While there is no compromise with dental and oral hygiene, there are many people who take it for granted — brushing their teeth only once a day, or sometimes not even that, and not visiting the dentist periodically. These are big health no-nos.
It is said that people whose inner cheek, teeth and gums are in poor condition, may be more susceptible to mouth and throat cancers.
According to Dr Hitesh R Singhavi, consultant, head and neck surgeon at Fortis Hospital Mulund, oral cancer is one the most common cancers in India among men (11.28 per cent of all cancers), and the fifth most frequently occurring cancer among women (4.3 per cent of all cancers).
“Tobacco chewing, areca nut, alcohol consumption, and poor oral hygiene (POH) may have contributory effects. Most times, we associate poor oral hygiene with dental caries, gingivitis, periodontitis (gum disease) and foul smell, but poor oral hygiene in the long run can cause fatal diseases including cancer,” he says.
Dr Singhavi says there are numerous common factors leading to poor oral hygiene, including tobacco chewing, alcohol, areca nut chewing, infrequent dental visits, immunocompromised status, low socio-economic status and lower level of education.
“POH aids the carcinogenic potential of other known carcinogens, like tobacco and alcohol. It causes easy conversion of tobacco metabolite into cancer-causing products (nitrosamines). POH also reacts with alcohol to form aldehyde — a class I carcinogen (products which can independently cause cancer),” he says.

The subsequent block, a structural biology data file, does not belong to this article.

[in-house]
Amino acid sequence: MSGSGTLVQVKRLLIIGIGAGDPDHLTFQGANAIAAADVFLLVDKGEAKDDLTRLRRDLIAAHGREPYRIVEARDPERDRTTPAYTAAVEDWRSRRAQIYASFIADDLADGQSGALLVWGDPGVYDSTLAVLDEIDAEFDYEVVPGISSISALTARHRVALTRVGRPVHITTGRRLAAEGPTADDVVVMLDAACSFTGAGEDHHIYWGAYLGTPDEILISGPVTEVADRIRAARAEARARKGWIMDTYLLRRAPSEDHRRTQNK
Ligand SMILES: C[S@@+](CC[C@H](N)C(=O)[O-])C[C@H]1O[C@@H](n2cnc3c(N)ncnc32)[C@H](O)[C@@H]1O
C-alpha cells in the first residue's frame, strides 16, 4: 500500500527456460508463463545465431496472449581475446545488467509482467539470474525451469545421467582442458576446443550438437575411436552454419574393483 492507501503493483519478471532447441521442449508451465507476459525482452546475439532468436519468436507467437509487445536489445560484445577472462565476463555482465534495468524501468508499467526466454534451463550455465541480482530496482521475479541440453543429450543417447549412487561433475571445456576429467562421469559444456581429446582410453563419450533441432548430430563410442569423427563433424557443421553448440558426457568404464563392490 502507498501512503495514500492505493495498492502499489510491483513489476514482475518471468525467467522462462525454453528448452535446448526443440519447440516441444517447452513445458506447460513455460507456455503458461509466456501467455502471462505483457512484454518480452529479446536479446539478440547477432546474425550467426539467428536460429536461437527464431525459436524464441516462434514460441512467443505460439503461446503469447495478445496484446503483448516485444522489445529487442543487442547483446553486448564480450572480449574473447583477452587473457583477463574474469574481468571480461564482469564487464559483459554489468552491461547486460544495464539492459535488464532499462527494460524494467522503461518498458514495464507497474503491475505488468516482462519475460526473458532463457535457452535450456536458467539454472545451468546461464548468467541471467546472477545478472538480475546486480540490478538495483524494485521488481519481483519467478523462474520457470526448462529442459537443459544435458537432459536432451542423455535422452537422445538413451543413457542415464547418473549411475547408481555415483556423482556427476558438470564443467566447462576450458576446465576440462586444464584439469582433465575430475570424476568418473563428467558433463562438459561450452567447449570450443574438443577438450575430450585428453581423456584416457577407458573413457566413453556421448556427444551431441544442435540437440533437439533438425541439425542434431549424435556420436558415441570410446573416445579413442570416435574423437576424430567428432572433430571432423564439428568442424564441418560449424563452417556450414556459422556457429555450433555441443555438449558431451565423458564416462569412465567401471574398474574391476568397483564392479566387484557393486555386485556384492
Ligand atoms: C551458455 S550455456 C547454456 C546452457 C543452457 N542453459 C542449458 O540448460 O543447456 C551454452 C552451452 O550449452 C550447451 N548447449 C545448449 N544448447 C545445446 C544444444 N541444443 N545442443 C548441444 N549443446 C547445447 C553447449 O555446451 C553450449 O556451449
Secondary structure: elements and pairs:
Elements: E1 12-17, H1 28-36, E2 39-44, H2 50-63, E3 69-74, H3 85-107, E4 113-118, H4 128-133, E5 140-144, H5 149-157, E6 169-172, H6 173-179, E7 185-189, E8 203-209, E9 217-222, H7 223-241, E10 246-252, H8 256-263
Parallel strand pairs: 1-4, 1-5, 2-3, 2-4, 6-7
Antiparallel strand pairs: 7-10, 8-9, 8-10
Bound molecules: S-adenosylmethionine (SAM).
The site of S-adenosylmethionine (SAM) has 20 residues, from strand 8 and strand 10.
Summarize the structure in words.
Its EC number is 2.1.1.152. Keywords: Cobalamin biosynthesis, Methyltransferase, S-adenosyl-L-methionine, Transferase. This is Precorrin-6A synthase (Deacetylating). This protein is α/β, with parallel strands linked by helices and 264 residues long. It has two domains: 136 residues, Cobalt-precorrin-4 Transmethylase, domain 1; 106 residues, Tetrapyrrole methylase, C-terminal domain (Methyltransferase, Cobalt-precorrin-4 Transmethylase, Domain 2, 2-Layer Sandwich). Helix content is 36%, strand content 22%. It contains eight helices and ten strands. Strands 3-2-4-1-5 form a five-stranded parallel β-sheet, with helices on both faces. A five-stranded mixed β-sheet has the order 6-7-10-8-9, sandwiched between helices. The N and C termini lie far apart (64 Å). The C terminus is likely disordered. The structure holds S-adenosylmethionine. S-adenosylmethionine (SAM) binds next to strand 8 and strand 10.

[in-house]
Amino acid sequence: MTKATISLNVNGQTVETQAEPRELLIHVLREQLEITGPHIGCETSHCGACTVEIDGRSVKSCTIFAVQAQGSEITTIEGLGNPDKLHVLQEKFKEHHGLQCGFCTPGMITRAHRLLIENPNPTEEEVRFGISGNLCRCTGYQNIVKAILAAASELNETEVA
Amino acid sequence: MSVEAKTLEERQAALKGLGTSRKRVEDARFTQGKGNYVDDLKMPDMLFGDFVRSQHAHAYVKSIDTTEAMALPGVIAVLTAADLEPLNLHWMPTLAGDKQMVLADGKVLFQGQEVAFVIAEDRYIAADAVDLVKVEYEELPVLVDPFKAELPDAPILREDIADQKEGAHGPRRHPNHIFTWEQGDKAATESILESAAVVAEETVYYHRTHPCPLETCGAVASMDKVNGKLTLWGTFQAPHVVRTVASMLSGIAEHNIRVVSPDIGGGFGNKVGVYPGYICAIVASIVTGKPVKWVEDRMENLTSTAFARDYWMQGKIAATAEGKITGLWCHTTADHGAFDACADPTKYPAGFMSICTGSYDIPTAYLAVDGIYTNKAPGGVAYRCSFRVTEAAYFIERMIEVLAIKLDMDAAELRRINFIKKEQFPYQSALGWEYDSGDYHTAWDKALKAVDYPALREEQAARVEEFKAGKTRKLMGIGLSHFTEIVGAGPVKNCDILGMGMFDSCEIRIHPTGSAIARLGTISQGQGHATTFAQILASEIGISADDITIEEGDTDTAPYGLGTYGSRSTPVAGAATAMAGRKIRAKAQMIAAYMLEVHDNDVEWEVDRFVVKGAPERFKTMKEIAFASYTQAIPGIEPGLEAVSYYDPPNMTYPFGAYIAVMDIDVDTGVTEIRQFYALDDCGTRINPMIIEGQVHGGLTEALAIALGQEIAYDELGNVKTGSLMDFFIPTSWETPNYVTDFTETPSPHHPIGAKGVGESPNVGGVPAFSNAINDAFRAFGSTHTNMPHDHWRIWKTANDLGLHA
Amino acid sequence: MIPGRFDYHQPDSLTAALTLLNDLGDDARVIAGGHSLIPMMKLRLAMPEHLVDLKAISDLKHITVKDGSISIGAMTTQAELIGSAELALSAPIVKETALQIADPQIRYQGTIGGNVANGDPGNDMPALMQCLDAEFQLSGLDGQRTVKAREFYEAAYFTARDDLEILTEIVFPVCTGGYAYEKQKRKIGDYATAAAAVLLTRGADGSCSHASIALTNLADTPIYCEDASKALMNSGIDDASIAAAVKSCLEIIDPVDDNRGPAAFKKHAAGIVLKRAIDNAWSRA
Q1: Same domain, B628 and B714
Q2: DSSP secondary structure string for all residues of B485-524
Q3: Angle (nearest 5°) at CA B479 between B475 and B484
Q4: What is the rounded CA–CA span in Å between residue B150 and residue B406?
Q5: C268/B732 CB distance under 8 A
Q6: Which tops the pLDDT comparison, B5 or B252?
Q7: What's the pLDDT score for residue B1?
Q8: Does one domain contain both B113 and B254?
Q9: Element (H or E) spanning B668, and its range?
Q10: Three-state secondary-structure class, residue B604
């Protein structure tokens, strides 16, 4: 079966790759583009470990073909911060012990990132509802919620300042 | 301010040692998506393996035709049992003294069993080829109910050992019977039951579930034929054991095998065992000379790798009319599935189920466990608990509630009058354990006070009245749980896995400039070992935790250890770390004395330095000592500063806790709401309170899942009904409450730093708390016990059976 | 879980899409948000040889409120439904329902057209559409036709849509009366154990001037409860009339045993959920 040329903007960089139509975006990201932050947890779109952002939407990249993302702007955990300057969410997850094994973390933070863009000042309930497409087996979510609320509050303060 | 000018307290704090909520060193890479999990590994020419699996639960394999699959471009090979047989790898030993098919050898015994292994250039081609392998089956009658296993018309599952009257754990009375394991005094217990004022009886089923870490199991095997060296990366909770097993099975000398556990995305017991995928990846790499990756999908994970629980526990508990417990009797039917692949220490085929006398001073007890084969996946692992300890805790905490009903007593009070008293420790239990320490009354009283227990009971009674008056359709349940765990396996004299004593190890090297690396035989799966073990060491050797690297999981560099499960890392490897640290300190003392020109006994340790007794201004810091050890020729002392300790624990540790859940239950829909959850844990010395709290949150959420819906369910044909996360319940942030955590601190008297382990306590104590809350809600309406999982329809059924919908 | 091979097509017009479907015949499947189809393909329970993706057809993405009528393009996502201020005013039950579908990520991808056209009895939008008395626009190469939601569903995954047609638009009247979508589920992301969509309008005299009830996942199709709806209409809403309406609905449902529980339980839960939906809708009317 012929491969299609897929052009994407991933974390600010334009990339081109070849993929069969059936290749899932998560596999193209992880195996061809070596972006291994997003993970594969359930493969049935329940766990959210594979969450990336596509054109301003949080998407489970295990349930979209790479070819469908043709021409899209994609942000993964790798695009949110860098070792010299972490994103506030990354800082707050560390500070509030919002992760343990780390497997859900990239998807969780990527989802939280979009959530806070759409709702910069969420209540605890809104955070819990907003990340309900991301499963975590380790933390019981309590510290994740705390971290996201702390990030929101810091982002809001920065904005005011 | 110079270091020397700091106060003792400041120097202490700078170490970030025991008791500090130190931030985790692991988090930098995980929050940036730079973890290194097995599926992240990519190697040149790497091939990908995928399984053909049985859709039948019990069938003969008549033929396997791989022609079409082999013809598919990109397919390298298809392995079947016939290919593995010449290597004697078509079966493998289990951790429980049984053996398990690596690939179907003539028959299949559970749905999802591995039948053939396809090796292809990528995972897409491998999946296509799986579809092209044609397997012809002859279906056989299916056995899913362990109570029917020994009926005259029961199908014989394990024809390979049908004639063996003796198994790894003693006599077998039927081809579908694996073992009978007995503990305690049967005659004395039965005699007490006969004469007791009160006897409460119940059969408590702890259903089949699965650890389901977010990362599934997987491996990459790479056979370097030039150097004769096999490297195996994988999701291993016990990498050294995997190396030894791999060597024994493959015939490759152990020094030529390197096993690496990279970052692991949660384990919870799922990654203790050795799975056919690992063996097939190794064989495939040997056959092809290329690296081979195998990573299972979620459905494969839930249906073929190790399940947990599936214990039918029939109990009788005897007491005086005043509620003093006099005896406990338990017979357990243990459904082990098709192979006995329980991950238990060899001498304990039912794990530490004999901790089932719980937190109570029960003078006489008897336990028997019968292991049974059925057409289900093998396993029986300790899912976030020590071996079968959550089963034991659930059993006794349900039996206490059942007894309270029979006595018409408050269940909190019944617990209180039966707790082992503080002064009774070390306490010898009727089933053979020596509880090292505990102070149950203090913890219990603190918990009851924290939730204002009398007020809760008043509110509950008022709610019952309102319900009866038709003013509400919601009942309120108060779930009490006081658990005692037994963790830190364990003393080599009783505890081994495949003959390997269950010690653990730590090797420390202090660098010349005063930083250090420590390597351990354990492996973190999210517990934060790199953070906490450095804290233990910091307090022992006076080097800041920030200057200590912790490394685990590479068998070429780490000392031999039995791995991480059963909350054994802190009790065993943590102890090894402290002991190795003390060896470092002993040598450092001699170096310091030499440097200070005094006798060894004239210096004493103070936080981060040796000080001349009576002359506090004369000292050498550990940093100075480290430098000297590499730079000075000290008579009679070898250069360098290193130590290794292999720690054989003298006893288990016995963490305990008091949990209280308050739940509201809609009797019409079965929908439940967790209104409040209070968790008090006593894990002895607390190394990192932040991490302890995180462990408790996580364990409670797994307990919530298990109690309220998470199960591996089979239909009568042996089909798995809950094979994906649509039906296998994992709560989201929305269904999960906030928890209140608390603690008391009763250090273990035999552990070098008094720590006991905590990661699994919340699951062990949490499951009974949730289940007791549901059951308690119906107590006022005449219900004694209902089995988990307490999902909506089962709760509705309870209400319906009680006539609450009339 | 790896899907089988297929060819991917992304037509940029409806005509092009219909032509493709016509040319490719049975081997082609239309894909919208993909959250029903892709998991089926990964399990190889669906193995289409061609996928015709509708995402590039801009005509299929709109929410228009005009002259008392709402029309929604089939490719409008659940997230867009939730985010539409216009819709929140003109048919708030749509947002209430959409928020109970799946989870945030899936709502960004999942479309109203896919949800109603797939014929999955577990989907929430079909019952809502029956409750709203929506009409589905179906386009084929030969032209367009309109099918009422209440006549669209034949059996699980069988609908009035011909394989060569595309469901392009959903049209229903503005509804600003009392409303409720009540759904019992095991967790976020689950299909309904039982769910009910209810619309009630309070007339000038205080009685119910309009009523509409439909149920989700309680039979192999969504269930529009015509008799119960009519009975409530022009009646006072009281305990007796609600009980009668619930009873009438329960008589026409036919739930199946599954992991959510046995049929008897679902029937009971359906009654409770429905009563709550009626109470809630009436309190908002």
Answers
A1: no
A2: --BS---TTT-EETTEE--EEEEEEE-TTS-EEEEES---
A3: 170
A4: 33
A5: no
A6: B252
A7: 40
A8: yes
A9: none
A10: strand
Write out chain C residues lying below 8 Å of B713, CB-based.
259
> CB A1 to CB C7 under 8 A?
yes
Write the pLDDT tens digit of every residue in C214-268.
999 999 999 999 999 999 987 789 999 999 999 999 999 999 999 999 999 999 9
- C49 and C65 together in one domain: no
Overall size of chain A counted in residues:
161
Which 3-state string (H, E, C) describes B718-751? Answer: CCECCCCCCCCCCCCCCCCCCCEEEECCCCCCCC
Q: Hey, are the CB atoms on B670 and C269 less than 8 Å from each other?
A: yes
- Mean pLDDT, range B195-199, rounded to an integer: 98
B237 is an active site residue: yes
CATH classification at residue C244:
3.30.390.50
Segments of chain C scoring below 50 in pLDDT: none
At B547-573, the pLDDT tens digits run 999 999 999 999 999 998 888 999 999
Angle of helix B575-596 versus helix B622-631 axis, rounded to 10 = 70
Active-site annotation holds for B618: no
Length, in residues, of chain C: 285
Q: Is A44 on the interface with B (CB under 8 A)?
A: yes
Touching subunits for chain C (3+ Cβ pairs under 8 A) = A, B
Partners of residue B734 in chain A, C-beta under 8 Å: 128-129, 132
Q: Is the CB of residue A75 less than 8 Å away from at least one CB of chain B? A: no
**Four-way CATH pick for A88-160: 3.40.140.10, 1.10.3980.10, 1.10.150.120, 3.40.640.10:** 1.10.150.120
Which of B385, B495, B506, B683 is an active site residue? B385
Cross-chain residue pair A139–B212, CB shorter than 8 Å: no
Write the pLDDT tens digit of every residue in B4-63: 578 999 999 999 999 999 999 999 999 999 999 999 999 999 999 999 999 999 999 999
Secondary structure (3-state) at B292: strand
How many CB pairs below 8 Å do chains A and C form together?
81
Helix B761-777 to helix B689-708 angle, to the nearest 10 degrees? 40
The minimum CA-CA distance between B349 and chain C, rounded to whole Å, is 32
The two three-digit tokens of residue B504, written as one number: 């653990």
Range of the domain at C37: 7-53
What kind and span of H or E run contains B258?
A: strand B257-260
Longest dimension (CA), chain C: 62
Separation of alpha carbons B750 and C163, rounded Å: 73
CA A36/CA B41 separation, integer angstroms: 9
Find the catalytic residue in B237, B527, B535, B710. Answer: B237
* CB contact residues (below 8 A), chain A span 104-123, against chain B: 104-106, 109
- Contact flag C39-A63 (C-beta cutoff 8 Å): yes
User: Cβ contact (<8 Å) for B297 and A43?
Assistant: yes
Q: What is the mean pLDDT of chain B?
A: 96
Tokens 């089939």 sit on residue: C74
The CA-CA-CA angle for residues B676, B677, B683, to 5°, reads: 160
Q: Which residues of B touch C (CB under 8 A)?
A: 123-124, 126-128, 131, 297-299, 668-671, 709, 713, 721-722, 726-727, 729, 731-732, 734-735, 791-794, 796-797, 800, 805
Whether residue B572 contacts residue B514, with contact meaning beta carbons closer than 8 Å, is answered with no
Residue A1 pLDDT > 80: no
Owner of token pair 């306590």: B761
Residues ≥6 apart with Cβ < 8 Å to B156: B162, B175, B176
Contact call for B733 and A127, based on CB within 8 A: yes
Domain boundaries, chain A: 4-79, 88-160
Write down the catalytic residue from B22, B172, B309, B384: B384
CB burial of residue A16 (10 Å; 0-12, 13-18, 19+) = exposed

One should not consume tobacco or tobacco products, which can cause gingival recession (loss of gums), leading to loosening of teeth and formation of precancerous lesions. Similarly, avoiding alcohol consumption may help maintain good oral hygiene, as evidence shows an alcohol drinker has higher chances of foul-smelling mouth, more tar burdened teeth, and greater possibility of bleeding gums, the doctor explains.
Buccal mucosa (inner cheek mucosa) is the most common site of oral cavity cancer when POH is associated with tobacco chewing habits. When POH is associated with alcohol, then under the surface of the tongue, floor of mouth is the most common site.
“Yes. Chronic mucosal trauma due to sharp teeth or ill-fitting dentures can cause oral cancer. A study conducted by Tata Memorial Centre concluded that chronic mucosa trauma has higher chances of development of oral cancer, and it is not an uncommon finding in non-habitual patients, especially tongue cancers.
There are studies which have shown that maintaining good hygiene reduces the chances of oral cancer by 200 per cent, the doctor concludes.
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